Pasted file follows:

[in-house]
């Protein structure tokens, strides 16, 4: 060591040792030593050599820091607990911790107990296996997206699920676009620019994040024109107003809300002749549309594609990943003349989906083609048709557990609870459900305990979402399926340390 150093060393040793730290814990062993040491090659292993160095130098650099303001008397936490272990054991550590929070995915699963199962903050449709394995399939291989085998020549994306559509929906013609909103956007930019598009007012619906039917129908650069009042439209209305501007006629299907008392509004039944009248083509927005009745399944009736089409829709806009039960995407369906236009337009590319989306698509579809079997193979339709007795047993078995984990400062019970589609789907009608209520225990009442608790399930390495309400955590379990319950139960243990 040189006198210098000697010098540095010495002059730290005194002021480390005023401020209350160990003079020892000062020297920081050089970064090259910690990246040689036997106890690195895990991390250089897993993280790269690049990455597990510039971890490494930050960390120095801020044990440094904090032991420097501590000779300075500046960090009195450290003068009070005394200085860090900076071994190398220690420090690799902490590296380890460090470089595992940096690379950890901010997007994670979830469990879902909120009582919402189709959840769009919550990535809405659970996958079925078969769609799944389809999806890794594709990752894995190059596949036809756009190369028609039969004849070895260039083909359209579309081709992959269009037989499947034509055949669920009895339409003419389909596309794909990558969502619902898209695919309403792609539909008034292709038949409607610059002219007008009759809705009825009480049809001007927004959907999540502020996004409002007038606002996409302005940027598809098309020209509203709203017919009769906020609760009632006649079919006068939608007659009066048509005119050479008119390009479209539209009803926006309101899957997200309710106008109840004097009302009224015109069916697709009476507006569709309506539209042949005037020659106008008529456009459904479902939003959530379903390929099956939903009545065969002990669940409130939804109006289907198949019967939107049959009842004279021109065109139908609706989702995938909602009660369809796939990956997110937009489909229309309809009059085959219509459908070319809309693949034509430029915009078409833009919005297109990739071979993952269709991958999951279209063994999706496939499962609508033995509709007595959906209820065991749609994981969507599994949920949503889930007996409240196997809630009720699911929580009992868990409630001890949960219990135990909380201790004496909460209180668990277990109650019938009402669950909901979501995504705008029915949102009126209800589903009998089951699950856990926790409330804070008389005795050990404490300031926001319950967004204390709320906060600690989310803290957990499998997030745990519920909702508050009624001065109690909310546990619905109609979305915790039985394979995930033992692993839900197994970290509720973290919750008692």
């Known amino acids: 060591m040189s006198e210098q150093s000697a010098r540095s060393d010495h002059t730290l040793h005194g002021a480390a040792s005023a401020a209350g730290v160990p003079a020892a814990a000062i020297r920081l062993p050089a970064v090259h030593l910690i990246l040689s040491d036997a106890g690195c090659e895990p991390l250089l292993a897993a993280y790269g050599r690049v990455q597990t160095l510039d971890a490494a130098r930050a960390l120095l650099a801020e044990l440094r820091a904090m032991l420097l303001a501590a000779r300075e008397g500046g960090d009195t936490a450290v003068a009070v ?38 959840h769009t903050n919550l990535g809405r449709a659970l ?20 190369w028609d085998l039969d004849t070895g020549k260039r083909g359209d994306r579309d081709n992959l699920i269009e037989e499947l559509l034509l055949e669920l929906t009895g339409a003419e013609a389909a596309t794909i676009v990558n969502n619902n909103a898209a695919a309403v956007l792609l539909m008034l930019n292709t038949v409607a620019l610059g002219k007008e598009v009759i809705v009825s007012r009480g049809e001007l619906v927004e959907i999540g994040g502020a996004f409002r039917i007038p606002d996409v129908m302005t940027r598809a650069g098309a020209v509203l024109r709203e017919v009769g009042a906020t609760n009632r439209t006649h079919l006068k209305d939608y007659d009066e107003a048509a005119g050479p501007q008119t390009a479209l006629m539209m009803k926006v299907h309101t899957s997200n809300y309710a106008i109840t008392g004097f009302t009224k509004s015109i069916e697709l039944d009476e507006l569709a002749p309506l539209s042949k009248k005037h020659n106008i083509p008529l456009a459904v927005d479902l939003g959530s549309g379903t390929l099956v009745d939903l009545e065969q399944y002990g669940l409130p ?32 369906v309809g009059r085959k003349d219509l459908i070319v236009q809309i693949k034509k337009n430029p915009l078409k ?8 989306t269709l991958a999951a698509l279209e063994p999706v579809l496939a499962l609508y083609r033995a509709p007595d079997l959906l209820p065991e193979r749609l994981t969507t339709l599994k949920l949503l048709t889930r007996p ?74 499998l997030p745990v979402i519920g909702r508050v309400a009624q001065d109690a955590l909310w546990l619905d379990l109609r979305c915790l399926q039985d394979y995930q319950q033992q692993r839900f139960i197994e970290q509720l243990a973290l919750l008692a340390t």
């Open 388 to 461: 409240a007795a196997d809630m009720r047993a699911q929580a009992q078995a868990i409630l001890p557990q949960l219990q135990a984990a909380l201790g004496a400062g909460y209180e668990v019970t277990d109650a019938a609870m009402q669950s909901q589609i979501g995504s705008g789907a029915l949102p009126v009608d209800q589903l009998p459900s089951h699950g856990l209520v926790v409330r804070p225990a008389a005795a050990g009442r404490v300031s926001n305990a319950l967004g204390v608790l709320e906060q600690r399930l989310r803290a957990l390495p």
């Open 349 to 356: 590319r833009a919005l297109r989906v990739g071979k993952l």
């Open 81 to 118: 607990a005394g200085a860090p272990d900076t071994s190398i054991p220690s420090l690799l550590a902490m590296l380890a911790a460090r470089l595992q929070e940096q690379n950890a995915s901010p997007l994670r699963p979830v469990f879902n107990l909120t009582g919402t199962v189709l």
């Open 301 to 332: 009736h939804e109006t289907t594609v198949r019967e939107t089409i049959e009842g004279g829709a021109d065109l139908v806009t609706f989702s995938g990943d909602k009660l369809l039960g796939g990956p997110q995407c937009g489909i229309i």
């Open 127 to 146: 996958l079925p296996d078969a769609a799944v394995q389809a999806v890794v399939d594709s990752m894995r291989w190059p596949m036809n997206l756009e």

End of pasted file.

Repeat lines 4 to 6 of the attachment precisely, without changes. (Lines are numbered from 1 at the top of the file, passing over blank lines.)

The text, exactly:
């Open 388 to 461: 409240a007795a196997d809630m009720r047993a699911q929580a009992q078995a868990i409630l001890p557990q949960l219990q135990a984990a909380l201790g004496a400062g909460y209180e668990v019970t277990d109650a019938a609870m009402q669950s909901q589609i979501g995504s705008g789907a029915l949102p009126v009608d209800q589903l009998p459900s089951h699950g856990l209520v926790v409330r804070p225990a008389a005795a050990g009442r404490v300031s926001n305990a319950l967004g204390v608790l709320e906060q600690r399930l989310r803290a957990l390495p």
């Open 349 to 356: 590319r833009a919005l297109r989906v990739g071979k993952l």
């Open 81 to 118: 607990a005394g200085a860090p272990d900076t071994s190398i054991p220690s420090l690799l550590a902490m590296l380890a911790a460090r470089l595992q929070e940096q690379n950890a995915s901010p997007l994670r699963p979830v469990f879902n107990l909120t009582g919402t199962v189709l």